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Another noteworthy news event gives us the opportunity for a velvety smooth vocabulary lesson. Yesterday (an ceathrú lá is fiche de mhí Mheán Fómhair) was the 250th anniversary of Grúdlann Mhic Aonghusa. At least that’s what the name would be in Irish, though there doesn’t seem to be too much precedence for its use. Although Guinness does (or did) sell some Irish language merchandise, most notably “t-léinte,” I just checked and don’t see the t-shirts on Guinness’s current webstore. They do seem to be for sale elsewhere online. Does that mean my t-léine has become an “earra inbhailithe” (collector’s item)? The t-shirt doesn’t actually translate the surname Guinness though – that remains as is, i litreacha móra feiceálacha soléite (in large conspicuous easily readable letters).
Google gives me a total of five hits that actually use the phrase “Grúdlann Mhic Aonghusa.” Modernizing the spelling of the surname to “Grúdlann Mhic Aonasa” gives no hits.
Searching for “Grúdlann Guinness,” which would probably be the most practical way to look for discussions of the Guinness brewery in Irish, gives a grand total of six hits also.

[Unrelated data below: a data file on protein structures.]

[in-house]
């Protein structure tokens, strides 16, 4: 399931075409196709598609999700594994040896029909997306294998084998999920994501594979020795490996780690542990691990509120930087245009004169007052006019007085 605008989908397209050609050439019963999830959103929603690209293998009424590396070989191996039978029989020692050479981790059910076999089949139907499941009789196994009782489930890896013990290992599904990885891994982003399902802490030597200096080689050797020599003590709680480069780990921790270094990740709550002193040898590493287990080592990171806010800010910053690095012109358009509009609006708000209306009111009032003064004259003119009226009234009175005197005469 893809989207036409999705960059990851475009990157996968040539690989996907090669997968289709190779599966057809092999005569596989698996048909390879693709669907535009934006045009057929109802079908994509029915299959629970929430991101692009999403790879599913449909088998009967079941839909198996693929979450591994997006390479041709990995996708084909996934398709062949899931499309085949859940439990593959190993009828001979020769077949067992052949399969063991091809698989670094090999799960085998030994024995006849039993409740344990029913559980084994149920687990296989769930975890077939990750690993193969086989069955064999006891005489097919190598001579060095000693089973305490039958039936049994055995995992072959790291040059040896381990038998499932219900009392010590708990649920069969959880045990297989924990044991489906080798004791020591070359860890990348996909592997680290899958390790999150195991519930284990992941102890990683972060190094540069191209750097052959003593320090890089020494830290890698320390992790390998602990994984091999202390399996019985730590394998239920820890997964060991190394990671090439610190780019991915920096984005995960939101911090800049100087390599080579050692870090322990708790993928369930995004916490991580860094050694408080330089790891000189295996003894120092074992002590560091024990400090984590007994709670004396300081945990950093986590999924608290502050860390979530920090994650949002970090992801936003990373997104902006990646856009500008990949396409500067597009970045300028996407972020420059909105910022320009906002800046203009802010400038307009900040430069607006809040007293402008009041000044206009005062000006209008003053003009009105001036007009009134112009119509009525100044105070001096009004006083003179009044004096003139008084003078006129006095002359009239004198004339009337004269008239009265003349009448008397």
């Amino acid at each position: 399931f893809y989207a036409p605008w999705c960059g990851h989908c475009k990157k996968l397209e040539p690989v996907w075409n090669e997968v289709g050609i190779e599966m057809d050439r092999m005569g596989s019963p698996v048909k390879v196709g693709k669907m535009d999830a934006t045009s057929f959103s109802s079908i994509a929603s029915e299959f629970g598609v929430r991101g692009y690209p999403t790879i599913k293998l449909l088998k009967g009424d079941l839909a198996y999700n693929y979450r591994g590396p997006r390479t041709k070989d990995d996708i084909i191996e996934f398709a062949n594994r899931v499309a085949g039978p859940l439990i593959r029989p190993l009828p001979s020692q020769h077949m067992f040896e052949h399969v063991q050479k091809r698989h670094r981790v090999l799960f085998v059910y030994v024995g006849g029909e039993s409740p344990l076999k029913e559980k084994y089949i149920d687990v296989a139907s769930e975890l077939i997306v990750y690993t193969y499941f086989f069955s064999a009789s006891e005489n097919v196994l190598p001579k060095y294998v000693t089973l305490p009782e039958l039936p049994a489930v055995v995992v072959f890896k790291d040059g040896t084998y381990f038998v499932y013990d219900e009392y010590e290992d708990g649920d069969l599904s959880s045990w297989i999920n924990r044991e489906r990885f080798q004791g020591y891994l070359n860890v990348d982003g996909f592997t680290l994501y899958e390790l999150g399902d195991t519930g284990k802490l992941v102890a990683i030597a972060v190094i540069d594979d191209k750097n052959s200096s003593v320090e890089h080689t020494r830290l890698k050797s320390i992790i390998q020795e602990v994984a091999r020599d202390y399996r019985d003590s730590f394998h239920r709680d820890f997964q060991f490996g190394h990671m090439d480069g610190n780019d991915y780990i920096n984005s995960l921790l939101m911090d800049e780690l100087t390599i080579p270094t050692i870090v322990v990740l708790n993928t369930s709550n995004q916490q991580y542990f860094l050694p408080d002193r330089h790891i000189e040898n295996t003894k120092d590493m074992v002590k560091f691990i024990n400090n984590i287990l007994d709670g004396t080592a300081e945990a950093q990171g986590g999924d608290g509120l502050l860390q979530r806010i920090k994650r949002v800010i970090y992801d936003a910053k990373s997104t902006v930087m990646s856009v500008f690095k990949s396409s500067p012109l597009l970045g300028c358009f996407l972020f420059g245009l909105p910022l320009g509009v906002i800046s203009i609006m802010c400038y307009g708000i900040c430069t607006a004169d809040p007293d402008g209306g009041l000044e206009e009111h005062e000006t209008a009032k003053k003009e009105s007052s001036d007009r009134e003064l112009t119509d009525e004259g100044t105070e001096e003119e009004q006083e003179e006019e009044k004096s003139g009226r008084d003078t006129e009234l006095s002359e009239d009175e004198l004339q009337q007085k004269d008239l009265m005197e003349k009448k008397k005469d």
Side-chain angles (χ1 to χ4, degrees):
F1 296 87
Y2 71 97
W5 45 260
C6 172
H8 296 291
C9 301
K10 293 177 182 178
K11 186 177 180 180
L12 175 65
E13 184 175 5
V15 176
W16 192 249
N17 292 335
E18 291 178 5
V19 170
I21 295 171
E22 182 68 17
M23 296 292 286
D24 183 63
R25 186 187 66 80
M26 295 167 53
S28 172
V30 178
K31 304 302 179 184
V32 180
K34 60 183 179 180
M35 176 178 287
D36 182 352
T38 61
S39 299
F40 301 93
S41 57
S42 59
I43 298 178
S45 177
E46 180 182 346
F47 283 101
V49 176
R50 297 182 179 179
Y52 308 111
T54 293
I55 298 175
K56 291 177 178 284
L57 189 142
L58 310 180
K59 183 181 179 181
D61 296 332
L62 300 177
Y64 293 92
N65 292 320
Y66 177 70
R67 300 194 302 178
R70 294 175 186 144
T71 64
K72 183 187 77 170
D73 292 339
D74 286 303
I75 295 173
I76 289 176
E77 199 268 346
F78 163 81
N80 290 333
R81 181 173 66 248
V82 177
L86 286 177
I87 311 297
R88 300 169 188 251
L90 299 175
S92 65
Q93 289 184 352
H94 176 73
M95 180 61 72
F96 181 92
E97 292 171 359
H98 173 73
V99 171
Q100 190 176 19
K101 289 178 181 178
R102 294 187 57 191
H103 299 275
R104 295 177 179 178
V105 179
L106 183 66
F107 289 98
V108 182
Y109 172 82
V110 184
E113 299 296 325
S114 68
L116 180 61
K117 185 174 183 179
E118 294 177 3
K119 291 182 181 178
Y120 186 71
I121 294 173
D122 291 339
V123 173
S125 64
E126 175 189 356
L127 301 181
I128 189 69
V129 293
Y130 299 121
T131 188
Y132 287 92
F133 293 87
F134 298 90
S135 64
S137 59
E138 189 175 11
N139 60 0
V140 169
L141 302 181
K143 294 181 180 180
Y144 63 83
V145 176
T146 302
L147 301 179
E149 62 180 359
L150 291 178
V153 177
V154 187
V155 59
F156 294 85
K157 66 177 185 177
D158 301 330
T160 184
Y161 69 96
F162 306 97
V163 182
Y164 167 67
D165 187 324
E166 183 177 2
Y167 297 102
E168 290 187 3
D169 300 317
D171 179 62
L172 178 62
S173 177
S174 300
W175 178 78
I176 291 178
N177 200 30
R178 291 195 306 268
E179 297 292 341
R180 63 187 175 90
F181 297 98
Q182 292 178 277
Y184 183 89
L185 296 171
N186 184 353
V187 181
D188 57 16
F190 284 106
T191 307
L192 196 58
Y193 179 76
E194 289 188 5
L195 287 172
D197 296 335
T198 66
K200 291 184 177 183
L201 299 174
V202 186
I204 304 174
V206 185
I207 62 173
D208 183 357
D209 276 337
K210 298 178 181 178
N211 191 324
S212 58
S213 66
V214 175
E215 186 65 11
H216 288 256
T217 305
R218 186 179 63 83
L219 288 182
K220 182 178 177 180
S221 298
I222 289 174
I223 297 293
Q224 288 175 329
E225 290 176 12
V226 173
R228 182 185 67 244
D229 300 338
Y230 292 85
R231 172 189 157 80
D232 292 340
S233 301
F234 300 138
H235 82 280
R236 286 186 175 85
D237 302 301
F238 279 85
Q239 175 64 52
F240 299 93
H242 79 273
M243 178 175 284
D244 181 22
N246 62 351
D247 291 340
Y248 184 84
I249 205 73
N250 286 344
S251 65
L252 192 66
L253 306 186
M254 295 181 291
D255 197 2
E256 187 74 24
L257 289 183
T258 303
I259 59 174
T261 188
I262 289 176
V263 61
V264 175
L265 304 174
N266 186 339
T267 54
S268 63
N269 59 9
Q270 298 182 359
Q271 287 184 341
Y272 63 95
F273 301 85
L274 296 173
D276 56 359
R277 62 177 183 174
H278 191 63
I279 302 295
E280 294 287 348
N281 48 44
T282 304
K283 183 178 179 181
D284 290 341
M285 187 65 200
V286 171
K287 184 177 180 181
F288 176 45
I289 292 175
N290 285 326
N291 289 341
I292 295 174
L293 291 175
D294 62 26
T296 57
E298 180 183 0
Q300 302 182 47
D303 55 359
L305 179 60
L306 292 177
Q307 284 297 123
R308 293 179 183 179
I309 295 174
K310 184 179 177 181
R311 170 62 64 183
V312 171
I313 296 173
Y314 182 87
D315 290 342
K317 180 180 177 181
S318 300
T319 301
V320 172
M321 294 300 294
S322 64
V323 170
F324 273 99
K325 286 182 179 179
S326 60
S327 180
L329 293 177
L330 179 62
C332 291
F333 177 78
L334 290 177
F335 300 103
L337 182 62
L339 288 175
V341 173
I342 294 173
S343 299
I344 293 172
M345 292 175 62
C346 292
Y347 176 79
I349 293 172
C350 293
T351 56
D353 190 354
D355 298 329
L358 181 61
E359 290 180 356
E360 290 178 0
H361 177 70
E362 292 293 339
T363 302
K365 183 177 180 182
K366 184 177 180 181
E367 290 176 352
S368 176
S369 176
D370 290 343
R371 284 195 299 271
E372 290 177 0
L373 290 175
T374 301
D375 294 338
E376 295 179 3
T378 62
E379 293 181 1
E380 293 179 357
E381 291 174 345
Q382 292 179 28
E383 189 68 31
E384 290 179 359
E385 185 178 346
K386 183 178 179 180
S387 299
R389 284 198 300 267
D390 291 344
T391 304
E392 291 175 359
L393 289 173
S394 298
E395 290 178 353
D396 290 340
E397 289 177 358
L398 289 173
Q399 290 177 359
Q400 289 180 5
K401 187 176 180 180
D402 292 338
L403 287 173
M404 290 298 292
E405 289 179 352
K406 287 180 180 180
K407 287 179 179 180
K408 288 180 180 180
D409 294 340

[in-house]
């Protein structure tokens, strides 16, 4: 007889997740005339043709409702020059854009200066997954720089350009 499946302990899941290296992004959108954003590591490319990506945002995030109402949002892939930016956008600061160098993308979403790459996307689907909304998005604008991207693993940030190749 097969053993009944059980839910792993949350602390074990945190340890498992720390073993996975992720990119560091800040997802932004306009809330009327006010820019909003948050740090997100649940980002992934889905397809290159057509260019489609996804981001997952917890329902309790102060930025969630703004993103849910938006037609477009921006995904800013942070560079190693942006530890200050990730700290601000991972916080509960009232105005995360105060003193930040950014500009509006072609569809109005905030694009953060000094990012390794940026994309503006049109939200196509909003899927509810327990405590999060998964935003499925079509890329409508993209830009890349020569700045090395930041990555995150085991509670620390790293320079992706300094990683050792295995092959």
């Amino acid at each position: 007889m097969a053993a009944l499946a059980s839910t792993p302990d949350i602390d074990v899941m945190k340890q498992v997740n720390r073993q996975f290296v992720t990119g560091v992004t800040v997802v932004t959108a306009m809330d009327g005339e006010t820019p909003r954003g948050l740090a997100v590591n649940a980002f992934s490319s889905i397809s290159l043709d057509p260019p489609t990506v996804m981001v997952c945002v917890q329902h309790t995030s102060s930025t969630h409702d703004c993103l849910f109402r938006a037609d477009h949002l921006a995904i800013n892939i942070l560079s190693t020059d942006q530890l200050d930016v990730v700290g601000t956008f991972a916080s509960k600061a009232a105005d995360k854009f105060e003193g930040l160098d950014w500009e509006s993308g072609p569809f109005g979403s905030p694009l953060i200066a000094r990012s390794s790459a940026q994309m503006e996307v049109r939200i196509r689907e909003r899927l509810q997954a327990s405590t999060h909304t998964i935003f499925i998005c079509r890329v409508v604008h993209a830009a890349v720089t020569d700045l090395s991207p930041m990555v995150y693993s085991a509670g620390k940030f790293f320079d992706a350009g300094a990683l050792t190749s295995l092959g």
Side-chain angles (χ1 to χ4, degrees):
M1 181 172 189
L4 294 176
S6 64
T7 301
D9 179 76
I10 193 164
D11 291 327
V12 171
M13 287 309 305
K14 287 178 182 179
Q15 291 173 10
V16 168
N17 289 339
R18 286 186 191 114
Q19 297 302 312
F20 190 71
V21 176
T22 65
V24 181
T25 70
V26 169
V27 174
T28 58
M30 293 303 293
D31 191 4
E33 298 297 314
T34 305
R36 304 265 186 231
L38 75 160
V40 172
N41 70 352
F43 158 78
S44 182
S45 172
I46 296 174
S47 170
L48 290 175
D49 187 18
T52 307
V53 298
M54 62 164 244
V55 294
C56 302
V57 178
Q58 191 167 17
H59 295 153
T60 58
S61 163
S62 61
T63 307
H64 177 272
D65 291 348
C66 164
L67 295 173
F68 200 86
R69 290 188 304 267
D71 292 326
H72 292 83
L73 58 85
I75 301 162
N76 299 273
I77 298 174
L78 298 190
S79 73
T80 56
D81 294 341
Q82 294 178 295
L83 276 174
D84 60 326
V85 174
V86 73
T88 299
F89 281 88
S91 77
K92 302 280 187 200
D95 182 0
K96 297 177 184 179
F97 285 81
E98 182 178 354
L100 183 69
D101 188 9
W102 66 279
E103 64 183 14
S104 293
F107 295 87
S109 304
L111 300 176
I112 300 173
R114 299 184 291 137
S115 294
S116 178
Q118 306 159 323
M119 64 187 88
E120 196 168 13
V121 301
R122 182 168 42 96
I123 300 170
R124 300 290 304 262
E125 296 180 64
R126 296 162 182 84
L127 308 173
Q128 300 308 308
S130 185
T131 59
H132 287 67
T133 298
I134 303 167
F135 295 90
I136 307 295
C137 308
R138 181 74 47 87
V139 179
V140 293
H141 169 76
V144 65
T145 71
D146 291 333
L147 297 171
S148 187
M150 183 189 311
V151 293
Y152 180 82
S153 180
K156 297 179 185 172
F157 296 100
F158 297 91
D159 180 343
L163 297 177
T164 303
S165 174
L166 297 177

Back to the sloinne (surname), at any rate.
Mhic Aonghusa or Mhic Aonasa [vik AYN-uss-uh], of the son of Aongus (Angus). This sounds pretty much the same, whichever way you spell it. The older spelling obviously shows the connection to Aongus more clearly, but like a lot of lenited consonant sounds in Irish (here “gh”), it’s basically been softened into no sound at all, as shown by the modern spelling. This is the possessive form of the surname, so “mhic” is used instead of “mac.”
lá breithe sona duit (or “dhuit”) [law BREH-heh SUN-uh ditch, OR γitch (hitch, if the vocal cord vibration of γ escapes you). Please note that while this phrase with the word “sona” lenited to “shona” as been creeping around the Internet virally for at least about 10 years now, there is no reason for lenition here. This has probably crept in, by analogy, to “Nollaig Shona” (Happy, or Merry, Christmas). Since “Nollaig” is feminine, grammatically, the adjective modifying it (sona) does take lenition. Since “lá breithe” is masculine, the adjective modifying it (sona) stays as “sona.”
feiceálacha [fek-yawl-ukh-uh], plural of feiceálach [fek-yawl-ukh]. If you notice anything a bit jumpy about the sound of that word, well, I’d say that’s up to your “samhlaíocht” (imagination). The basic meaning of “feic” in Irish is “see.”
Hmmm, we’re out of space and the aspect of this blog that’s so dubhveilbhiteach will have to wait until an chéad bhlag eile.